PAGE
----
Marine reptile

Omphalosaurus peyeri GSUB V1427

Omphalosaurus was a marine reptile and probably an ancestor of the ichthyosaurs. It lived during Middle Triassic times, about 240 million years ago and consequently almost 10 million years before the first dinosaurs. There is very little known about the evolution of Omphalosaurus. Fossils of these reptiles have been found in Nevada, Spain, Austria and Spitzbergen until recently, consequently each single bone is important for reconstructing its evolutionary history. The Bremen collection owns a jawbone from the Schaumkalk (foam limestone) from Rüdersdorf, east of Berlin. This is the first fossil described of that species. Probably the animal looked like a modern dolphin, however, in contrast its body length did not exceed 150 cm. The fossil shows circular bottom-like teeth that enabled the reptile to crack even hard shells of bivalves and brachiopods that probably provided its diet. This perfectly fits to the supposed environment the animal inhabited. The rock releasing the Bremen reptile was investigated in detail. As a result the petrified sea floor deposit was believed to have been deposited in the proximate coastal seam of the ancient sea.

Omphalosaurus peyeri GSUB V1427
Omphalosaurus peyeri GSUB V1427

Habitat and distribution of Omphalosaurus

Omphalosaurus peyeri GSUB V1427

The Geosciences Collection posses the holotype of Omphalosaurus peyeri, a species recently described by Maisch & Lehmann (2002). This species is distinguished from other species of Omphalosaurus by possessing only one functional row of teeth. This makes it likely that it represents the basal most of all species of Omphalosaurus known so far.
The specimen was donated in 1903 by the Naturwissenschaftlicher Verein, but was not cataloged before 1913 in the collection of the former museum for Natural Sciences, Ethnology and Trading of the city of Bremen. Until 2001 this fossils was missidentified as the jaw fragment of the placodont reptile genus Placodus. A determination as a placodont was not astonishing since the teeth look superficially very similar. However, the teeth of Omphalosaurus show an orange-peel structure contrary to that of Placodus.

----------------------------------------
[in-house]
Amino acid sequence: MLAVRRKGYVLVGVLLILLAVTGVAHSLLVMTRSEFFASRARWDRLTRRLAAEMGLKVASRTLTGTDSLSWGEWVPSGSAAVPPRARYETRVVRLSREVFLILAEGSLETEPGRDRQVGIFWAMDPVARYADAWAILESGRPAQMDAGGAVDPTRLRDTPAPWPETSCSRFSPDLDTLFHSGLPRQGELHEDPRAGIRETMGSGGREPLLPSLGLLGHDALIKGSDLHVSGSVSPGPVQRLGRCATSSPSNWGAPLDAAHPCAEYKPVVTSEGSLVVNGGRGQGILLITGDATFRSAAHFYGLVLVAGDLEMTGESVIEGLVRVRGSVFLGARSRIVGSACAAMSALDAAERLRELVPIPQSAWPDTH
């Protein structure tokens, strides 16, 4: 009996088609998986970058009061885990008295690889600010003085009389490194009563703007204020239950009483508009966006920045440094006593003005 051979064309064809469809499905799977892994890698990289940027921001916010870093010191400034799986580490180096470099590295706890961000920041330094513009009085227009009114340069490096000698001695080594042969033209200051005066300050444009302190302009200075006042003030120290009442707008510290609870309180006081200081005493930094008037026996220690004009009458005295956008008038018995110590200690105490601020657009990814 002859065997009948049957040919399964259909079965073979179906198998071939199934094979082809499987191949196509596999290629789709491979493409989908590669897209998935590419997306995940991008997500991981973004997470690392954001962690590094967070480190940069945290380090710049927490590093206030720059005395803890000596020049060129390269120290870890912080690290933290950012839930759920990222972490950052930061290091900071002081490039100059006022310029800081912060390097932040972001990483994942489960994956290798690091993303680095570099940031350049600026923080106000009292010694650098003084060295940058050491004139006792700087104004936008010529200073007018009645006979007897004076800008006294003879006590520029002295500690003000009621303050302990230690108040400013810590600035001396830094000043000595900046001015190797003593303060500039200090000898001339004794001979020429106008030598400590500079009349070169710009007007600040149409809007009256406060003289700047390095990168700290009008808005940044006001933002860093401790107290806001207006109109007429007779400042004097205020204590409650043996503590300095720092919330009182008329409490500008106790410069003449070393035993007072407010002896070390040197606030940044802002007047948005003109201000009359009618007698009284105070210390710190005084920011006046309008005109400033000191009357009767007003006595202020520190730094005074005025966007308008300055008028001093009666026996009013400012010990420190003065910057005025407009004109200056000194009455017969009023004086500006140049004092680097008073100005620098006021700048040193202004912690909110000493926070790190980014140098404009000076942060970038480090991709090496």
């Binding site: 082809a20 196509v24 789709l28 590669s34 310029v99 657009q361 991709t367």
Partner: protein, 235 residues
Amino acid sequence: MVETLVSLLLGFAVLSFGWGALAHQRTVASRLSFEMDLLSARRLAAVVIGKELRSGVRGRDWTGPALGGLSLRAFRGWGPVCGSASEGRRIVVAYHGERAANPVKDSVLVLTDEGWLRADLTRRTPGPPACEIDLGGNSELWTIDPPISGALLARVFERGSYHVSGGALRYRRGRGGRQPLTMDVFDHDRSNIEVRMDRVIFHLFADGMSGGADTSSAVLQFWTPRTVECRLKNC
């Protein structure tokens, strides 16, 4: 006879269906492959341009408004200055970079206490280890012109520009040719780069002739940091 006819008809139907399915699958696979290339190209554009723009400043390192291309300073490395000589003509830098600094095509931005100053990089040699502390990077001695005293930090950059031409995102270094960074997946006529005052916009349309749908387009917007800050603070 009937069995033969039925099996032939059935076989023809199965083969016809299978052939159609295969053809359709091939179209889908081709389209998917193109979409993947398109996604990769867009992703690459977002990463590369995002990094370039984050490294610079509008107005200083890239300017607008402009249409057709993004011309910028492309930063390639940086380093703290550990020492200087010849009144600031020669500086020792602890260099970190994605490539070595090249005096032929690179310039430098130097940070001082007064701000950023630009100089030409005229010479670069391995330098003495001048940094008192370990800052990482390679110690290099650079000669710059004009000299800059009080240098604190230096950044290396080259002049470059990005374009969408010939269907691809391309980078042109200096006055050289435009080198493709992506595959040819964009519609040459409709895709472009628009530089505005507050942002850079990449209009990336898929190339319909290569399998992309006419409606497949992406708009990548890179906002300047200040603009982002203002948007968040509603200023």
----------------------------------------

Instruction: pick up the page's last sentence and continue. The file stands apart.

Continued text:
The Schaumkalk of Rüdersdorf (Streichan 1990) is interpreted as a deposit of the direct coastal area that was even run dry temporarily (Zwenger 1985). It fits well with the idea of a very shallow epicontinental sea, the North German Syncline, established in the early Middle Triassic. The Bremen specimen of Omphalosaurus lived consequently in the proximate coastal seam. The patchy distribution of Omphalosaurus in Northern Germany, Nevada, Spain, Austria and Spitzbergen is striking. At least in Northern Germany a further omphalosaurid reptile, Tholodus, lived simultaneously with Omphalosaurus. Nevertheless, fossils of Tholodus are alsovery rare.


  • Maisch, M. W. & J. Lehmann (2002): A new basal omphalosaurid from the Middle Triassic of Germany. – Neues Jahrbuch für Geologie und Paläontologie, Monatshefte 2002(9): 513-525.
  • Streichan, H.-J. (1990): Der Rüdersdorfer Muschelkalk. – In: Weidert, W.-K. (Hrsg.): Klassische Fundstellen der Paläontologie – Band II Korb, Goldschneck-Verlag, 66-77.
  • Zwenger, W. H. (1985): Mikrofaziesuntersuchungen im Unteren Muschelkalk von Rüdersdorf. – Wissenschaftliche Zeitschrift der Ernst-Moritz-Arndt-Universität Greifswald, Mathematisch-Naturwissenschaftliche Reihe 34(4): 17-20.